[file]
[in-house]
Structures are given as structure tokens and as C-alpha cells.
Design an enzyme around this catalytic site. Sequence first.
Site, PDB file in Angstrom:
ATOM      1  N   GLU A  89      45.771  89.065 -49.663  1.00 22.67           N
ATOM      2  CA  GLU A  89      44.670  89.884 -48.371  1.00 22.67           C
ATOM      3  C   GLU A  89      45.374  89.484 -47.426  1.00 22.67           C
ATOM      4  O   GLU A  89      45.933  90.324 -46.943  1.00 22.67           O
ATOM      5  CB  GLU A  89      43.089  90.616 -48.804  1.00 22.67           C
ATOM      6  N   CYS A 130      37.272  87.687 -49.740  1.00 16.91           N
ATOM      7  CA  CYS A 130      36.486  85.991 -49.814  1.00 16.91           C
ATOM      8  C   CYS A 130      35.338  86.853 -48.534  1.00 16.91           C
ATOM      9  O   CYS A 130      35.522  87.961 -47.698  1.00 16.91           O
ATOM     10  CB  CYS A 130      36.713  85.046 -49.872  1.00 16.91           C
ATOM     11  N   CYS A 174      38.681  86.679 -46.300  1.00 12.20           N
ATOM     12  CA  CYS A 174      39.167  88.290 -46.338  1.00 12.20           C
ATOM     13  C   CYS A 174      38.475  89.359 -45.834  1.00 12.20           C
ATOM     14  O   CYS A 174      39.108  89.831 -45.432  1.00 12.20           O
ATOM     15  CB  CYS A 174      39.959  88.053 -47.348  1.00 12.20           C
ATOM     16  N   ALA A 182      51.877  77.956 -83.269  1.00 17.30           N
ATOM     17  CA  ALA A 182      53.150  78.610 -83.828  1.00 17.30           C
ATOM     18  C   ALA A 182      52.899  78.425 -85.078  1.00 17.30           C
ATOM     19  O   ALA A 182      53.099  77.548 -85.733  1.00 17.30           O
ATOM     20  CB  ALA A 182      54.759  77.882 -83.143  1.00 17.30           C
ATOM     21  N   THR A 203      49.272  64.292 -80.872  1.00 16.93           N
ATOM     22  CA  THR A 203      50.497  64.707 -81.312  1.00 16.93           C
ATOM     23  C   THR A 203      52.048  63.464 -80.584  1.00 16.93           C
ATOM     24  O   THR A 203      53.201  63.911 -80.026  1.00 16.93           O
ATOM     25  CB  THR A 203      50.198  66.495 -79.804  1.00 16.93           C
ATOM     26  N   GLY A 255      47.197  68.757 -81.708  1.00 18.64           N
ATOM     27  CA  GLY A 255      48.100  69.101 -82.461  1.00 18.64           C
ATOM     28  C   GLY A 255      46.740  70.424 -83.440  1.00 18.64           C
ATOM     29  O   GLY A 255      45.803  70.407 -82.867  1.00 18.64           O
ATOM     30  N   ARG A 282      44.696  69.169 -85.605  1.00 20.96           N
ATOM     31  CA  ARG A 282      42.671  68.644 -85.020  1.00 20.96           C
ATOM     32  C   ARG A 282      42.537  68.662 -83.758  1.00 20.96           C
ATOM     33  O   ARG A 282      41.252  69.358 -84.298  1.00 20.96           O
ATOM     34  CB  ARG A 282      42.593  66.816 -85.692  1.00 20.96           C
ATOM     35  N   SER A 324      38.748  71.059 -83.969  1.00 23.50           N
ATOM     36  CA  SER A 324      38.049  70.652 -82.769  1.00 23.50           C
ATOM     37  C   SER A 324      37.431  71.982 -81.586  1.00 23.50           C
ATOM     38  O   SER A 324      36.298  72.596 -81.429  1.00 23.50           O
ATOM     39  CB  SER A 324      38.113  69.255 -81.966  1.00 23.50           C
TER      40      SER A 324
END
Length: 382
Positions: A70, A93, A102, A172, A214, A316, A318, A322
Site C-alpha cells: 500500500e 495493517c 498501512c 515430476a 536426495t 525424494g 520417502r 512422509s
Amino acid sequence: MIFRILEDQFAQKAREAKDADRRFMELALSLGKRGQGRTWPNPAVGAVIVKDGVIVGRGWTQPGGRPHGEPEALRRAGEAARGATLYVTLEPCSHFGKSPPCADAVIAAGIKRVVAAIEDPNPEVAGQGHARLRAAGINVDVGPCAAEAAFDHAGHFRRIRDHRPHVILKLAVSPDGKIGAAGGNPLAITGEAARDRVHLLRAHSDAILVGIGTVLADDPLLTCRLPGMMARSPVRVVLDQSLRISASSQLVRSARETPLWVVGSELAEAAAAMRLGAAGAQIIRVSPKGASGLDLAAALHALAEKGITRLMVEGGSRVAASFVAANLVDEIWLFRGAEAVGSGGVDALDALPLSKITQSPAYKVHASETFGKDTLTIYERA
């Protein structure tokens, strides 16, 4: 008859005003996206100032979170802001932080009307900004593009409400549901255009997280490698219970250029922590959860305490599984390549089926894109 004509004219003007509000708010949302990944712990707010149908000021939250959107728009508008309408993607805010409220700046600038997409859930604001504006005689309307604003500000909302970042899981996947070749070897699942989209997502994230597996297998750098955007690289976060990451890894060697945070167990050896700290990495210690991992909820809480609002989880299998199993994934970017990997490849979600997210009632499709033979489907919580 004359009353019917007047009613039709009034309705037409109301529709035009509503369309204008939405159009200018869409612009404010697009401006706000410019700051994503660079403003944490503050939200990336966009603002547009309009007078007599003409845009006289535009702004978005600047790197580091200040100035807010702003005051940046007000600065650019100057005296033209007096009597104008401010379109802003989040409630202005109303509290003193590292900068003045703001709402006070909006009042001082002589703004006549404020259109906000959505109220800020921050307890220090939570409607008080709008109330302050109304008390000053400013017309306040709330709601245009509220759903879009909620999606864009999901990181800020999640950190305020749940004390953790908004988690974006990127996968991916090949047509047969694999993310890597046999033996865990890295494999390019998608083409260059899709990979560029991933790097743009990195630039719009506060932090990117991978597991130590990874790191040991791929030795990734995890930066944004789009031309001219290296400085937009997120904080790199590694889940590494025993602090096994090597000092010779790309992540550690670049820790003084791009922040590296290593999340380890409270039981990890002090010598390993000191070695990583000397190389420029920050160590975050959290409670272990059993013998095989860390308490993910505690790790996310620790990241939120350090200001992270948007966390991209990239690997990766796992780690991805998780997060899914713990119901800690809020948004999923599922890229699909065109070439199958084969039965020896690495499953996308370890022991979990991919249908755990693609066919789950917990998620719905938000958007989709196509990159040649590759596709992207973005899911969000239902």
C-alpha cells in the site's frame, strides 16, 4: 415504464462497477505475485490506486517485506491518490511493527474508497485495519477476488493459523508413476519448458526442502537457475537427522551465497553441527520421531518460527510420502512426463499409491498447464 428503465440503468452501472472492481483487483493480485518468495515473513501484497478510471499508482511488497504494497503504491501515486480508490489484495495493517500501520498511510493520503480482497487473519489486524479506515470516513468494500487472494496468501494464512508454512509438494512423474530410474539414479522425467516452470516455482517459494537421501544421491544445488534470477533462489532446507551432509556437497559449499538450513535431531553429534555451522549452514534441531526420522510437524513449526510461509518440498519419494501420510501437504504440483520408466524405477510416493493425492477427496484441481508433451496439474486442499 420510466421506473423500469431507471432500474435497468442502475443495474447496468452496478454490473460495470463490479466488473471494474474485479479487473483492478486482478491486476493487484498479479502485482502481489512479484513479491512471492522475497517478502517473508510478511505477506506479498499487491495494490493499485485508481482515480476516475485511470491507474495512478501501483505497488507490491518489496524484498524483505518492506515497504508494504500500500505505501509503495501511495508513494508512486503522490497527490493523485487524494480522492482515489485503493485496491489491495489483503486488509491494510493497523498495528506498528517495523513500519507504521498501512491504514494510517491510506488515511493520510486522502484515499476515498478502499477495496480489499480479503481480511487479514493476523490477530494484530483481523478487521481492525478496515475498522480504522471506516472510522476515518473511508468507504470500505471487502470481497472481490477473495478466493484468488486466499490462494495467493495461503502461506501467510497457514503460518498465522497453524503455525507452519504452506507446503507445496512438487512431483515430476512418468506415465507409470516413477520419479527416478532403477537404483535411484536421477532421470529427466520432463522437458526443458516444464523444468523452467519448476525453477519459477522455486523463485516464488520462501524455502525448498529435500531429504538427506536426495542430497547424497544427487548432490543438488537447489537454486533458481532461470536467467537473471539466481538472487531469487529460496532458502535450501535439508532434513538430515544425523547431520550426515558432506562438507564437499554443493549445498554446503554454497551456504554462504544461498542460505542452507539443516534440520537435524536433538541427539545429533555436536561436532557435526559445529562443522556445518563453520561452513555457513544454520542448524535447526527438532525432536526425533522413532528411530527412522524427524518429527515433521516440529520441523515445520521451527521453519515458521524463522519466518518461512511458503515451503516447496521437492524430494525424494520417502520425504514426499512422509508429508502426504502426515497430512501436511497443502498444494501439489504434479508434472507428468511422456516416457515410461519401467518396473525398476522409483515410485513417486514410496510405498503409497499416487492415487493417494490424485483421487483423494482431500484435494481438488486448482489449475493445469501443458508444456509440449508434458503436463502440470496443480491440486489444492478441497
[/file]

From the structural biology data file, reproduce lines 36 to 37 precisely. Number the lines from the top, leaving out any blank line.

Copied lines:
ATOM     32  C   ARG A 282      42.537  68.662 -83.758  1.00 20.96           C
ATOM     33  O   ARG A 282      41.252  69.358 -84.298  1.00 20.96           O